Somewhere along the line the Julia Child wannabes became the Rachel Ray wannabes.

In the world of cooking, when in doubt blame it on Rachael.

ar11
07-21-2013, 01:05 PM
Just to update got my wife a Sakai Yusuke 210MM SS XtraHard Xtrathick Flat Profile. At first she wasn't overly excited because it was a lot bigger than the Shun 5.5inch santoku she usually uses. Also because of my indecision also picked up a Tanaka Blue #2 190mm off the bay as well.

Initial impressions of the Yusuke - Wrapping! So excellent I took a photo of the wrapped box because i was so impressed. They must have wrapping ninjas because it was folded so perfectly and precisely. Makes you think what's inside the box must be special. To my expectation, fit and finish was what everyone has been raving about. Smoothed edges, good grind, wrapped handle, knife straight as an arrow, nothing you probably haven't heard before. Definitely very sharp, I took it to a piece of paper was making nice curved slow push cuts. Picked up a big bag of carrots and started slicing away. Sharpest knife i've used, made a different sound than im used to when going thru the veggies. Very good food release so far, I'll have to try some potatoes later.

Initial impressions of Tanaka Blue #2 - nice looking blade, but came with two small chips on the bottom :( I guess they can be sharpened out but still bummer. Everything I've read about these was pretty accurate, fit n finish is bad, especially after opening the yusuke first. Handle sucks, the black paint on the ferrule started coming off on my fingers. Blade bends slightly to the right at the tip. This is definitely a knife that needs pimpage, in the next few week will probably take a dremel to it, sand it, and acid wash it. It cut well, liked the overall profile for the size, but could use some thinning as most people say.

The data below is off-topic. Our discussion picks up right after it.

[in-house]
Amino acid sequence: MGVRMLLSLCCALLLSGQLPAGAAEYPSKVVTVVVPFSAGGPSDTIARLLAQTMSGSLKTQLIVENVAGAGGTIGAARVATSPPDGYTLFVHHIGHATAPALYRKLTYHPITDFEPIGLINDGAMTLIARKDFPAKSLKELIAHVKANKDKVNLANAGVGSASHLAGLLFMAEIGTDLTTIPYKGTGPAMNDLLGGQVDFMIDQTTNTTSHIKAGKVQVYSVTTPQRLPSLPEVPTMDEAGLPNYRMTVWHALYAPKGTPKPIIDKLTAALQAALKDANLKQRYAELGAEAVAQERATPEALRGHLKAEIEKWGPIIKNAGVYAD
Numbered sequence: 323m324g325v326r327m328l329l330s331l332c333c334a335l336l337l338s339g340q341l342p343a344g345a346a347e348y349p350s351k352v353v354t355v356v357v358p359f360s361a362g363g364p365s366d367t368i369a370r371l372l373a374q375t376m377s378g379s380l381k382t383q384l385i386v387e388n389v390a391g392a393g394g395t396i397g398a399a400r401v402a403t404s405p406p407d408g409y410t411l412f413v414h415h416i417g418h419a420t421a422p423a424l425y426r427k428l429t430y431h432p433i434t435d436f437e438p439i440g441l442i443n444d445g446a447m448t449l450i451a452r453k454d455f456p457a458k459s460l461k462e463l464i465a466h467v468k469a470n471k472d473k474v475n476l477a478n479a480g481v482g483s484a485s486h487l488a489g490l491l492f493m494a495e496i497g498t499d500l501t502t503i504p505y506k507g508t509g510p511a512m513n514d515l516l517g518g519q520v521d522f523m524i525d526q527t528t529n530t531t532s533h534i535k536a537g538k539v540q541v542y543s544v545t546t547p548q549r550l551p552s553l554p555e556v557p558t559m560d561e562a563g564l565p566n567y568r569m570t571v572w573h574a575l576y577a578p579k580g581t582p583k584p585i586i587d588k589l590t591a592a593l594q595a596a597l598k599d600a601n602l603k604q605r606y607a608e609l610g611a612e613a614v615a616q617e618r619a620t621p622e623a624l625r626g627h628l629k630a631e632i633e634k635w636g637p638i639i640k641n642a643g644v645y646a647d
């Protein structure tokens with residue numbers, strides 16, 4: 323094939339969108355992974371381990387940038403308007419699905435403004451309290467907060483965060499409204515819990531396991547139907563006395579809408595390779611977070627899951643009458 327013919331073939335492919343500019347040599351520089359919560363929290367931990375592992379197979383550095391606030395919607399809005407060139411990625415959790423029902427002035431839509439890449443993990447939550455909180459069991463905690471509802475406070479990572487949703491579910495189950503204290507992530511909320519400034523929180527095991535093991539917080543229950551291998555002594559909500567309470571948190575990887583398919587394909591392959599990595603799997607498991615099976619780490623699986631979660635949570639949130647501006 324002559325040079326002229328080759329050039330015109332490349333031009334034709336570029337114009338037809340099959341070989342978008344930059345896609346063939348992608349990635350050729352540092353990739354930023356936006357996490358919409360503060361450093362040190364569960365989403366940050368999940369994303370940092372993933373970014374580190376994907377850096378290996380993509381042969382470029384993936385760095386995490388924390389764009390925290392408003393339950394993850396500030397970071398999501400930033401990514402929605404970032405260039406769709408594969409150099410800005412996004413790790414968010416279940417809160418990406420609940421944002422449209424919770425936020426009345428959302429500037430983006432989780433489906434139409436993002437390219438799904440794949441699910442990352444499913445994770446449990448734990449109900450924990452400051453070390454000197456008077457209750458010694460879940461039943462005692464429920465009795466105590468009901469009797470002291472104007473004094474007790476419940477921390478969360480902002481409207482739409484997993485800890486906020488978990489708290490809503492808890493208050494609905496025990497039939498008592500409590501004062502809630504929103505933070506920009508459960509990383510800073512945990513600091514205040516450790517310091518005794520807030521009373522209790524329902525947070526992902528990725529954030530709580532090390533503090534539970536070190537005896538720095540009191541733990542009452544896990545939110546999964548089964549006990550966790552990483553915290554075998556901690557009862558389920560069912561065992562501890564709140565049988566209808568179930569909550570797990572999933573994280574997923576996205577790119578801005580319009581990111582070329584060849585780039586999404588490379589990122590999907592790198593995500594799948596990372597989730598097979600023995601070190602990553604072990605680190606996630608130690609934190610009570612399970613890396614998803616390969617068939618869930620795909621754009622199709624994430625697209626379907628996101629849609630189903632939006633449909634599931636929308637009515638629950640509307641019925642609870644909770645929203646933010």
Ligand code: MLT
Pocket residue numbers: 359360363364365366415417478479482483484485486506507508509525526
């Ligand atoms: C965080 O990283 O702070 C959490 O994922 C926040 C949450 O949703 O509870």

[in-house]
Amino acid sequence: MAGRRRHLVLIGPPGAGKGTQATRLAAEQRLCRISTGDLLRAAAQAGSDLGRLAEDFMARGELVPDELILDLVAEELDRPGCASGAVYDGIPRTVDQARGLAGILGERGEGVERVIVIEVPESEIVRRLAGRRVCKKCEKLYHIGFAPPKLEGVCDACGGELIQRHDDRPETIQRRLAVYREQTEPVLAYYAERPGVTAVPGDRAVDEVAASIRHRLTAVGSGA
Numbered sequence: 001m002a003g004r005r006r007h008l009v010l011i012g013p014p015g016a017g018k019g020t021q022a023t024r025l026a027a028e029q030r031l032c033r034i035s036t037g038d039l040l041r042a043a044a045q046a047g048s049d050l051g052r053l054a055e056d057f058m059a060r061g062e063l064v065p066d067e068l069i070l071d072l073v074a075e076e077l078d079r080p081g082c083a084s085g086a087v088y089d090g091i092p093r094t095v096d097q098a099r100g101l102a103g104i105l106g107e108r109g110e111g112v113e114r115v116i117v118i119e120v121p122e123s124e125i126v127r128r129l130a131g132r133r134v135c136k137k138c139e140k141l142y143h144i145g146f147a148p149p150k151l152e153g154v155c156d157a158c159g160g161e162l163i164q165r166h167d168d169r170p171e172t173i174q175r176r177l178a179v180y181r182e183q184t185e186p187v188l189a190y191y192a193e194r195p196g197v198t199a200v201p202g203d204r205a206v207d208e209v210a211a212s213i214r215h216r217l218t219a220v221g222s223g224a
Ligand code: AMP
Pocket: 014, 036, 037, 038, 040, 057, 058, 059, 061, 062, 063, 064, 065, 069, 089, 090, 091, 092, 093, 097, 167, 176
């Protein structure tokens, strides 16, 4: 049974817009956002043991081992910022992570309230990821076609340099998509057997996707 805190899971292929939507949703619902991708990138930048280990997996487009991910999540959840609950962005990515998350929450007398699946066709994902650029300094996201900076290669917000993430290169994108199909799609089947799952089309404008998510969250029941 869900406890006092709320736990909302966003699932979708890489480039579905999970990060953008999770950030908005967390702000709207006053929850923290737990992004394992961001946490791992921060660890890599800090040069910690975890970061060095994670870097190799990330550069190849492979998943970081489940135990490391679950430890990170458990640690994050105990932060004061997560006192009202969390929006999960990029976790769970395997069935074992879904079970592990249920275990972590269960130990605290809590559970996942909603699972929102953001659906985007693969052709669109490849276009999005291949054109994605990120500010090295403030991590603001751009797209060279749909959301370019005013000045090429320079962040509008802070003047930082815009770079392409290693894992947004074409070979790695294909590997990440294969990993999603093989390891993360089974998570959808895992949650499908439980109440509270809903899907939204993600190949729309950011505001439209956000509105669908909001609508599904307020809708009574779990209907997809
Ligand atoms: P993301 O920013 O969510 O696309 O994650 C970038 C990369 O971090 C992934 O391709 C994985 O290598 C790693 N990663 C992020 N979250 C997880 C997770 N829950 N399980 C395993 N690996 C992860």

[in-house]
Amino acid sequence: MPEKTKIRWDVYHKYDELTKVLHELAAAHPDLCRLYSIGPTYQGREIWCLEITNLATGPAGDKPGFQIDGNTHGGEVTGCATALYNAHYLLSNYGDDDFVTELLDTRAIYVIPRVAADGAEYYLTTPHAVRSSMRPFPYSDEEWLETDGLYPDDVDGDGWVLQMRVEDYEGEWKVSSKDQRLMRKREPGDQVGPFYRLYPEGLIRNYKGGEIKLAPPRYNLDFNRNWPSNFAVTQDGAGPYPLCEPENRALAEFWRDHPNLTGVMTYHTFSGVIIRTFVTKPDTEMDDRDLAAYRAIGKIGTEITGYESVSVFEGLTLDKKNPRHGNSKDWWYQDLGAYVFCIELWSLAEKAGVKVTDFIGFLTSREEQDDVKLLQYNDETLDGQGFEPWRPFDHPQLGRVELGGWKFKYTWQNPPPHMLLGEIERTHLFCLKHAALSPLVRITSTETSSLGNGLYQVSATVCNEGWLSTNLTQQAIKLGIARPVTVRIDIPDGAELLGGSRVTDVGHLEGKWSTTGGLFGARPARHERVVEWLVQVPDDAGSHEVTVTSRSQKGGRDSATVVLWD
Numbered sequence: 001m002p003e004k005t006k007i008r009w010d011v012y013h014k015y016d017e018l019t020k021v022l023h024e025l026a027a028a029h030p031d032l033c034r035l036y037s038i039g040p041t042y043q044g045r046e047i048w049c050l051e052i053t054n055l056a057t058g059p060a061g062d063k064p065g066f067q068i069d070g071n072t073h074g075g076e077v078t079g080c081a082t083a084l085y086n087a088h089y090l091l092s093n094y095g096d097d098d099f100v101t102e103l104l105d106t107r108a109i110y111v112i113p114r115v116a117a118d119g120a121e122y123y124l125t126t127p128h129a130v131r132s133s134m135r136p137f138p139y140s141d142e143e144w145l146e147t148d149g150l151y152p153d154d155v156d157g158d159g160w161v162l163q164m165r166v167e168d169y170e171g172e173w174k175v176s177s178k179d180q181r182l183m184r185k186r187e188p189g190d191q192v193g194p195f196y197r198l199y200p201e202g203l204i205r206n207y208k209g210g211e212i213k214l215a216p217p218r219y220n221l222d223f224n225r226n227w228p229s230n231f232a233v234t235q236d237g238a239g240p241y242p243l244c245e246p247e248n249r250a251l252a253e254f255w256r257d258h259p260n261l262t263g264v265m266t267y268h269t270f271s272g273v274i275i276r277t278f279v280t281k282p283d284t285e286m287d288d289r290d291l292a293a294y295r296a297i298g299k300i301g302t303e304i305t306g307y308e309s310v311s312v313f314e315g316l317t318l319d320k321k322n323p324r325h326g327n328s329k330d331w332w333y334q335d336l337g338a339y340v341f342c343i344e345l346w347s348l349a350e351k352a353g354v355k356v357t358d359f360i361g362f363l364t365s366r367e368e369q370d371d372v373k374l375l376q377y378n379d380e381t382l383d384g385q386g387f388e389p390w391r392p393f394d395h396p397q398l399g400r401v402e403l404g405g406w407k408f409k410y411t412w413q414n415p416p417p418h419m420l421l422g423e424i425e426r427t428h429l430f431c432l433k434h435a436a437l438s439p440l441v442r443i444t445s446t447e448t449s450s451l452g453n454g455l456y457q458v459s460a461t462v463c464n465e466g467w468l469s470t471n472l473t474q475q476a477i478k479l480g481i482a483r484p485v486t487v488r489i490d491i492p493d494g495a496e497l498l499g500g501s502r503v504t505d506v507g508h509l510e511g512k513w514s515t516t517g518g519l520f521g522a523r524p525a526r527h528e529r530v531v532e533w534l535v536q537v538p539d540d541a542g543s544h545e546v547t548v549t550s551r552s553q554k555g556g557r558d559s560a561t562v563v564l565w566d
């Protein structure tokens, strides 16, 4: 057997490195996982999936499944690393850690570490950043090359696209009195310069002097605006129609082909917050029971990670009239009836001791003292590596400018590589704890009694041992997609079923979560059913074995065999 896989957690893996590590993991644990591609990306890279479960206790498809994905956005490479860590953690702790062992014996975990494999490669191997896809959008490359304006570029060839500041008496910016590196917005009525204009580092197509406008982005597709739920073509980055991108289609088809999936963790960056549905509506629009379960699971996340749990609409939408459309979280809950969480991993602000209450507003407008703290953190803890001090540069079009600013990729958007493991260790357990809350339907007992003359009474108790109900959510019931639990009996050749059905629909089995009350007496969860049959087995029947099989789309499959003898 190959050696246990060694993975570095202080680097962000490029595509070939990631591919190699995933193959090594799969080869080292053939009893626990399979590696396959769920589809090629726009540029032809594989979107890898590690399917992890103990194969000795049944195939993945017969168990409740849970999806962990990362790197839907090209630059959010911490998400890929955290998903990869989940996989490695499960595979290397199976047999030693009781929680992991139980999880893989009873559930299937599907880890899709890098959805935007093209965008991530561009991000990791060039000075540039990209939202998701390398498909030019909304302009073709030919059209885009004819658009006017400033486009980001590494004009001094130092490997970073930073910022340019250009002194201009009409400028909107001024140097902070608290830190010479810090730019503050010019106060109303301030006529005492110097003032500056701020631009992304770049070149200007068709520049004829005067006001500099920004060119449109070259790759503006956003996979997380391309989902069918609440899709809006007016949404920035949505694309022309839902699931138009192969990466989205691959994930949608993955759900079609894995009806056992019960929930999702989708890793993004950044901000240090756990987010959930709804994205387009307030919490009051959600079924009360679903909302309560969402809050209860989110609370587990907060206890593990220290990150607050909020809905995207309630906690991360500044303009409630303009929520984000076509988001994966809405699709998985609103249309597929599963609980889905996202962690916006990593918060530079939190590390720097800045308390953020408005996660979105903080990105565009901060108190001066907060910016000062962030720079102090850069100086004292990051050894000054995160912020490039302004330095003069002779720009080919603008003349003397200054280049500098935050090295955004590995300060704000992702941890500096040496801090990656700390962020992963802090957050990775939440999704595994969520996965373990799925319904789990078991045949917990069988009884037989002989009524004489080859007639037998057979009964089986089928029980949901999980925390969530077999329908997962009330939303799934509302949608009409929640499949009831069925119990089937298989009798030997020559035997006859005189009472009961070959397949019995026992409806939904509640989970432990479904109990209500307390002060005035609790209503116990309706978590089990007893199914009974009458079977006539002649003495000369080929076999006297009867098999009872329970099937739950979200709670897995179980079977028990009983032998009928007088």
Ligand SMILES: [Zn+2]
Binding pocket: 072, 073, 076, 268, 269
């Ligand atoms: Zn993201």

At $70 I wasn't too bummed about the fit and finish of the Tanaka, but then I looked at the Shun and questioned the value. Even though KKF may look unfavorably on Shun knives, Kai understands from a business pov what will sell. For less than $100 stacked next to the tanaka, fit a finish is waaaaay better. Also the Santoku is really thin, making it an excellent cutter out of the box. Only reason I wanted to go beyond Shun is the crap VG10 they use, which has cracked/rolled/chipped easily.

Cutting carrots with all three, in order of best cutting feel Yusuke>Shun>Tanaka. I do think that tanaka has a lot more potential, as it wasn't that sharp to begin with. So back to my wife - after she test drove all three knives, she was thoroughly impressed with the yusuke. We'll see how it fares going forward.

https://lh4.googleusercontent.com/-efUpVufgJRY/UewCNvx0Q_I/AAAAAAAAFDg/tmDLH9E0_zk/w1005-h659-no/DSC03441.jpg

https://lh3.googleusercontent.com/-ixfqeNuRaz4/UewCaATF5zI/AAAAAAAAFDw/7ZZx5La0UJ4/w1005-h668-no/DSC03445.jpg

https://lh6.googleusercontent.com/-7w_NOukf51c/UewClZtbX1I/AAAAAAAAFD4/6LWRQbw8QeA/w1005-h668-no/DSC03448.jpg

don
07-22-2013, 03:12 AM
Congrats on the Sakai Yusuke 210mm, and thanks for the update and pictures. Sorry to hear that the Tanaka Blue was so rough, sounds rougher than what others have received (though my 240mm was slightly bent too).

franzb69
07-22-2013, 05:39 AM
all i can say is... wow what a knife.

just wow.

Mucho Bocho
07-22-2013, 10:36 AM
AR, I love that littly puppy and have had mine for about two weeks now. Yusuke only produces a few of these knives a year int aht steel and profile.